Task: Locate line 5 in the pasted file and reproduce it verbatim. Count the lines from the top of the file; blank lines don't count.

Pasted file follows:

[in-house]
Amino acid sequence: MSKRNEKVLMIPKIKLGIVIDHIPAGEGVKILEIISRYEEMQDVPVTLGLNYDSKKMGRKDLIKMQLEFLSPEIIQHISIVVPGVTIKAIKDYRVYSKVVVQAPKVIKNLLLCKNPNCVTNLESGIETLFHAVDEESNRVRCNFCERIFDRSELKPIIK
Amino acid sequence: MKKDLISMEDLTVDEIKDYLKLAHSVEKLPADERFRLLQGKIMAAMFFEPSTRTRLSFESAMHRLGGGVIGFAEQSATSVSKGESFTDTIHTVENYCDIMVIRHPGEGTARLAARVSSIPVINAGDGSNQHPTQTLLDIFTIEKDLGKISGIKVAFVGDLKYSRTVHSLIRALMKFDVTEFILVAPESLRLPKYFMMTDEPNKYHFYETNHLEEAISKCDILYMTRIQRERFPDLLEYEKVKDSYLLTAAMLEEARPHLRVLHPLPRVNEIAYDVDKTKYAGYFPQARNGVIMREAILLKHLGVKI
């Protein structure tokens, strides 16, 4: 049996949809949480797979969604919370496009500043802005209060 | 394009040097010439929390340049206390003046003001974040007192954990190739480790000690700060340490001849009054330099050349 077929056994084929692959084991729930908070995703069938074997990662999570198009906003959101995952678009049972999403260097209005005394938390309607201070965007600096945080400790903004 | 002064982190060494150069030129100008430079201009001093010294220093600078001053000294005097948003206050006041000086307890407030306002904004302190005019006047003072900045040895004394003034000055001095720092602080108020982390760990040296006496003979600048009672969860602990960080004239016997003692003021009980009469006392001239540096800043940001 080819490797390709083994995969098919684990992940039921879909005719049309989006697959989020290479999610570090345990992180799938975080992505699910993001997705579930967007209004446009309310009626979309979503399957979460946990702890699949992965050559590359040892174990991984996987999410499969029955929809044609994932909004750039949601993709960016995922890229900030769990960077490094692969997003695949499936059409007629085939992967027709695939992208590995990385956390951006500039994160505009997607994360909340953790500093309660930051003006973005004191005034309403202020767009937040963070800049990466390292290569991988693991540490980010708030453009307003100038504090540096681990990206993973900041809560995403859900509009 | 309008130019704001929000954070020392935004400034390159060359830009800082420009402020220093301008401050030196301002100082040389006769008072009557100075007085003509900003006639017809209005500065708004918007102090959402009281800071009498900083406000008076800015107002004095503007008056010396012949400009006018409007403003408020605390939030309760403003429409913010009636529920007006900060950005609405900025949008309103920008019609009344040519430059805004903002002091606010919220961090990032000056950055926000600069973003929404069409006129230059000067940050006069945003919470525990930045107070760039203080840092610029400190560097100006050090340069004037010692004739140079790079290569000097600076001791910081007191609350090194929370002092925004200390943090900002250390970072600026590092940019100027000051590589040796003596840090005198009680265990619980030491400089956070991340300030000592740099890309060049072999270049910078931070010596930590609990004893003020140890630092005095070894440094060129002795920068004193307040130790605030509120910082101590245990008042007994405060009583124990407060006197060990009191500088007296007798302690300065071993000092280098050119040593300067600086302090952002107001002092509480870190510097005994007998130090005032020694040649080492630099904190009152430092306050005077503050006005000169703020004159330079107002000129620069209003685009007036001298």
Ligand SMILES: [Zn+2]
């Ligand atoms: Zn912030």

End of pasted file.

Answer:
Ligand SMILES: [Zn+2]